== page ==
In the middle of July 1866 the emperor’s consort, Carlotta, suddenly left for France from Veracruz on a mission to dissuade Napoleon III from withdrawing the French army from Mexico. The French minister in Mexico, like the whole diplomatic corps, was surprised by the empress’ departure. Maximilian, Magnus wrote, suspected that French perfidy would defeat even Carlotta’s persuasiveness and, for that matter, thought that his Austrian kinsmen were not to be trusted either. Both France and Austria put ships of their flag at Carlotta’s service, but she did not board the French ship until its crew ran up the Mexican flag.19 Magnus sought to give Carlotta a letter of recommendation to the Prussian ambassador in Paris. At the same time he tried to warn Bismarck of Carlotta’s sailing. Nevertheless, he completely failed to make any contact with the empress, and his dispatches to Berlin were held up by the French. They reached Bismarck only after being given to the Italian minister, Marchese Curtopassi, who agreed to transmit them to Count Usedom, the Prussian minister at Florence.20

Exactly what Magnus had to say will never be known, but upon her arrival at St. Nazaire Carlotta wrote to Maximilian in a memorandum dated September 8, 1866, that “Prussia is the key to the Mexican problem.” Just before landing she had learned that the new French foreign minister, the Marquis de Lavalette, had sounded Bismarck about “an oriental empire” which the two countries might establish for mutual profit under Prince Carl von Hohenzollern. Carlotta was shocked to realize that the Prussians were as cold to her husband’s interests as the French.21 That she had ever believed otherwise seems to have been due largely to Magnus’ blandishments.

While Carlotta wandered through Europe, vainly seeking aid for her husband, the situation for Maximilian worsened in Mexico. When he attempted to collect taxes with military force, his troops encountered resistance everywhere, and their sorties touched off retaliatory action by bandit companies. Magnus believed that it was partly recognition of this fact which moved Maximilian to prepare his departure for Europe.22 Fully as important, however, was the news, arriving in the first week of August, that the Austrian army had been defeated by the Prussians at the Battle of Sadowa. With this defeat the Austrian state system tottered. The imperial constitution had to be revised. Francis Joseph contemplated abdication. Maximilian told Magnus that he stood ready to succeed his brother and with that aim in mind would send an emissary, General José López Uraga, bearing compliments to the Prussian king. Maximilian declared that he had wished openly for a Prussian victory in the war against Austria. “Germany,” he told Magnus, “will be nothing until she is named Prussia.” He criticized Francis Joseph for permitting nepotism and snobbery to sap the morale of his troops. Austria’s trouble, he said, was that “princes and counts become generals merely because they are princes and counts.”23 Magnus thought it significant that the Mexican court did not celebrate the birthday of the Austrian emperor (August 18), or formally receive his brother’s minister, Baron Lago, in Chapultepec Castle on that day.24

More and more frequently the emperor received Prussians, both civilian and military, at court and promoted Prussians to permanent rank in the Mexican army, to the chagrin of the Austrians and the alarm of the French.25 These promotions were of distinct advantage to Prussia because the officers were military observers whom the French had allowed to be accredited to Bazaine’s army.26 As the French probably suspected, the chief of the Prussian General Staff, Helmuth von Moltke, used his own men to infiltrate the armies of potential opponents. The official explanation of the presence of these observers in Mexico and many more serving with the Foreign Legion was that they had fallen foul of a superior officer, had fought a duel with him, and for their effrontery had been sentenced to expiatory service overseas.27 In time these officers would be rehabilitated and called home. There they reported the weaknesses of the enemy, their observations being incorporated into pamphlets such as the notorious “Art of Fighting the French” by Prince Karl Friedrich of Prussia. Although Bazaine was willing to wink at this scandal, his subordinate officers were outraged and, according to one of them, totally demoralized on this account.28 That the situation persisted so long was the fault of Maximilian. Once the Prussian observers were enrolled in his understaffed army, they were more difficult to remove than would have been officers of a power with no legitimate interests to defend in Mexico. Maximilian had saved the game for Moltke.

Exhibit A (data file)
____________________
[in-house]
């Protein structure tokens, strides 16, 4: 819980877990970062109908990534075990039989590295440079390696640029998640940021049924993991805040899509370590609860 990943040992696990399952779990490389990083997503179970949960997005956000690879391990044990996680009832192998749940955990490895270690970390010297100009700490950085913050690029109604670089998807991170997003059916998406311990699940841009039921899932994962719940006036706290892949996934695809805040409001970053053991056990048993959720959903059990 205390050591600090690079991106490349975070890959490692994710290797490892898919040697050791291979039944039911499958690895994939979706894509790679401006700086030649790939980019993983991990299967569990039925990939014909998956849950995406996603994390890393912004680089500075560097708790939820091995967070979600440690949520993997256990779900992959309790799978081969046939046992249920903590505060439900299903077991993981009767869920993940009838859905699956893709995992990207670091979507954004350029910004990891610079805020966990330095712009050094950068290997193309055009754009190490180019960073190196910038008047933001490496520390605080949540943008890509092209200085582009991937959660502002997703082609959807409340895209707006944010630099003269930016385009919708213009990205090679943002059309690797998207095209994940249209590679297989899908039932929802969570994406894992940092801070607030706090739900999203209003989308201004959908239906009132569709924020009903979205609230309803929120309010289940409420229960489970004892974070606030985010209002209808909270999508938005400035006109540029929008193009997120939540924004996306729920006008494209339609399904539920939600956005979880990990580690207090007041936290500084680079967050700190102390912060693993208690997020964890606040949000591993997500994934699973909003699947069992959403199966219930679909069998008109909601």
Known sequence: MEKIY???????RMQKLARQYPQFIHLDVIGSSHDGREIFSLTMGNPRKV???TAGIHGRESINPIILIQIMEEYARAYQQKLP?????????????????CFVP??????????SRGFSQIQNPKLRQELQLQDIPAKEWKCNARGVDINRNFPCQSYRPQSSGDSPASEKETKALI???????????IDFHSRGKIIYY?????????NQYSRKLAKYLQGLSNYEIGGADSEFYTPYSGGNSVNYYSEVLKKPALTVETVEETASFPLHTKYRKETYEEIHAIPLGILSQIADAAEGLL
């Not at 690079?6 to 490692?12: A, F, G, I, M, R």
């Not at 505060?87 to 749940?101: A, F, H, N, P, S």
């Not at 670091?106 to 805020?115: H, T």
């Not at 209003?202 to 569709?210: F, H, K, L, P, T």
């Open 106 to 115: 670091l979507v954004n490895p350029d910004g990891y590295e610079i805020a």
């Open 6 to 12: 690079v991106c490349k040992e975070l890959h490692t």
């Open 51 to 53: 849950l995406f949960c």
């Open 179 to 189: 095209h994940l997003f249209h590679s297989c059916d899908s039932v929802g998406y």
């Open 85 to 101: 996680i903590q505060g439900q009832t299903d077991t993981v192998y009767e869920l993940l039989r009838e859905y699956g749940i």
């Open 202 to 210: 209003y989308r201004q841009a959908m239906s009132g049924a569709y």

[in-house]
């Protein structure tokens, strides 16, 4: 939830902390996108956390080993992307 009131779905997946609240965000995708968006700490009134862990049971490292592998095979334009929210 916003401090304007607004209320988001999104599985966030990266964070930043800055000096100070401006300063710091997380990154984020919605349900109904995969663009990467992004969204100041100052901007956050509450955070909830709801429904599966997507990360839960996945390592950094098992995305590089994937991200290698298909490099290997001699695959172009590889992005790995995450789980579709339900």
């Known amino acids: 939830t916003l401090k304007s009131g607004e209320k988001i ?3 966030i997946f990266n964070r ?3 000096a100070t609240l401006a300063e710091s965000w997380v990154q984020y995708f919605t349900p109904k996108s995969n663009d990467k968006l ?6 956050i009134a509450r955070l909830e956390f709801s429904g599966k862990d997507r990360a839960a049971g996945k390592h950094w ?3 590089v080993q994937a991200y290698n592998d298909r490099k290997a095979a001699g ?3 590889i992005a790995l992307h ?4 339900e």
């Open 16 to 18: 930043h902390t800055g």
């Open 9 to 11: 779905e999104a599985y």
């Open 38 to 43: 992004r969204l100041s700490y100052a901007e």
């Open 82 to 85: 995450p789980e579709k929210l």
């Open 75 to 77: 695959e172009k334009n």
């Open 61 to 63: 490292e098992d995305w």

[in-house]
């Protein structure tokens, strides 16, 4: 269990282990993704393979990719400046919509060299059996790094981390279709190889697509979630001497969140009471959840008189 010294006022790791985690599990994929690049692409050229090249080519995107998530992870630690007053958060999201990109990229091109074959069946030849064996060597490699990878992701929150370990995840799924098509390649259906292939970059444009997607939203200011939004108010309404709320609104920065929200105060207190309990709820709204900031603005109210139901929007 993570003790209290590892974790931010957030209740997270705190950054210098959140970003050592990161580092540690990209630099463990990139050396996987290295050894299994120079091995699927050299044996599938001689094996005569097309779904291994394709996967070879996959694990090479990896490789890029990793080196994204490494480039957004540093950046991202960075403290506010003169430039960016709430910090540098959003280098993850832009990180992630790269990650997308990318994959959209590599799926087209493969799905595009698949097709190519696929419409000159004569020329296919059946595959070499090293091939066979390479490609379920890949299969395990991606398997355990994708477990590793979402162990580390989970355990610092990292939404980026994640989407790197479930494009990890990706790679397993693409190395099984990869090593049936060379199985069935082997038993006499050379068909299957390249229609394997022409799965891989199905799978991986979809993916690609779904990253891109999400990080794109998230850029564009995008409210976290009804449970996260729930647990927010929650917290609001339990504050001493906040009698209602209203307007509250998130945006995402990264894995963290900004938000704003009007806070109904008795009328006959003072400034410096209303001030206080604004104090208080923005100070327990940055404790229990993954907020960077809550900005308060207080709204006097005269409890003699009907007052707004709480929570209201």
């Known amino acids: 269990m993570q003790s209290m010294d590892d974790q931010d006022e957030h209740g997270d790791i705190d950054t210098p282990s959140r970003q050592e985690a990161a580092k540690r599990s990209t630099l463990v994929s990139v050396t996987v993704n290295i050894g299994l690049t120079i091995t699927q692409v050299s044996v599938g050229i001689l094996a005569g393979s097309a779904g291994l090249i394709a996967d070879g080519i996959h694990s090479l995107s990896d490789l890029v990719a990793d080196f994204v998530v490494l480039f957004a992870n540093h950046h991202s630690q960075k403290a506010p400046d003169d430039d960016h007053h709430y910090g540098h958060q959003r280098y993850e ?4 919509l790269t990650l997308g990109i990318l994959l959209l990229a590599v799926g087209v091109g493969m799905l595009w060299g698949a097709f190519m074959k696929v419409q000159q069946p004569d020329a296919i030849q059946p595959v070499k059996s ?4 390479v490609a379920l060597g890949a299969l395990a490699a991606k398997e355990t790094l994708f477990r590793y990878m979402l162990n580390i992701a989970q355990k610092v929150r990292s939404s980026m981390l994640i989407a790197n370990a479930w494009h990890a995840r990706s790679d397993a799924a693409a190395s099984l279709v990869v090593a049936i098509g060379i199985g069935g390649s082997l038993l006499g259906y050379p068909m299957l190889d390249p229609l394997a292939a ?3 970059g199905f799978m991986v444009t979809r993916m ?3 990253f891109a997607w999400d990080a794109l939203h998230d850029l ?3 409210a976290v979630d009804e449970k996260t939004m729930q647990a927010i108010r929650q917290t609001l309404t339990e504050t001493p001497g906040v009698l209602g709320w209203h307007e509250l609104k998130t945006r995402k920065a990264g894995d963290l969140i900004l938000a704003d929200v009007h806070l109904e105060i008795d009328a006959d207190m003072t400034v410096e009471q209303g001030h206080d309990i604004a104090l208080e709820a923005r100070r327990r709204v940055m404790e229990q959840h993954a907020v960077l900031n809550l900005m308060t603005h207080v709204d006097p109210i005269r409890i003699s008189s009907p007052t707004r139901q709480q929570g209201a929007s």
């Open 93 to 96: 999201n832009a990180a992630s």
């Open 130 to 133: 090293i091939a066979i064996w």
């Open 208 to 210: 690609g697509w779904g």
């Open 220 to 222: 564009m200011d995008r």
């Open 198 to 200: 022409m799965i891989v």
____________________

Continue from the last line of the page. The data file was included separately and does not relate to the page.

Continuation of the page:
Yet Moltke’s chief, Bismarck, did not feel in any way obligated to the Mexican emperor. He would neither help ease Maximilian’s predicament in Mexico nor further his prospects in Austria.29 In the autumn of 1866 the emperor’s personal physician, Dr. Lembeder, told him that he could not survive another year in the high altitude of Mexico City. The commander of the Austrian hussars insisted that, in any case, the capital was indefensible against Juárez and the republicans. The emperor’s Austrian privy councillor, Stefan Herzfeld, sounded the same alarms. He finally wrung from Maximilian permission to rent a ship in New Orleans to take the imperial party out of the country. Baron Magnus, having heard of the emperor’s plans, called at the palace to denounce the doctor, the officer, and the privy councillor as “politically inexperienced.” He warned Maximilian that his departure would be mistaken for cowardice and would damage his claim to the Austrian succession, though the other three men argued that it was imperative that Maximilian make an appearance in Europe.30 Even if the capital were taken, Magnus pointed out, the enemy would not dare harm a prince related to almost all the crowned houses of Europe and befriended by Prussia. Maximilian evidently believed him, because he cancelled the order for the American ship and dismissed Dr. Lembeder, alleging “disrespect to his person.”31 Thereupon many foreign officers left the expeditionary force and bought passage to Europe. Magnus facilitated their departure and encouraged still other officers to follow their example.32 Apparently Maximilian never suspected Magnus’ double game.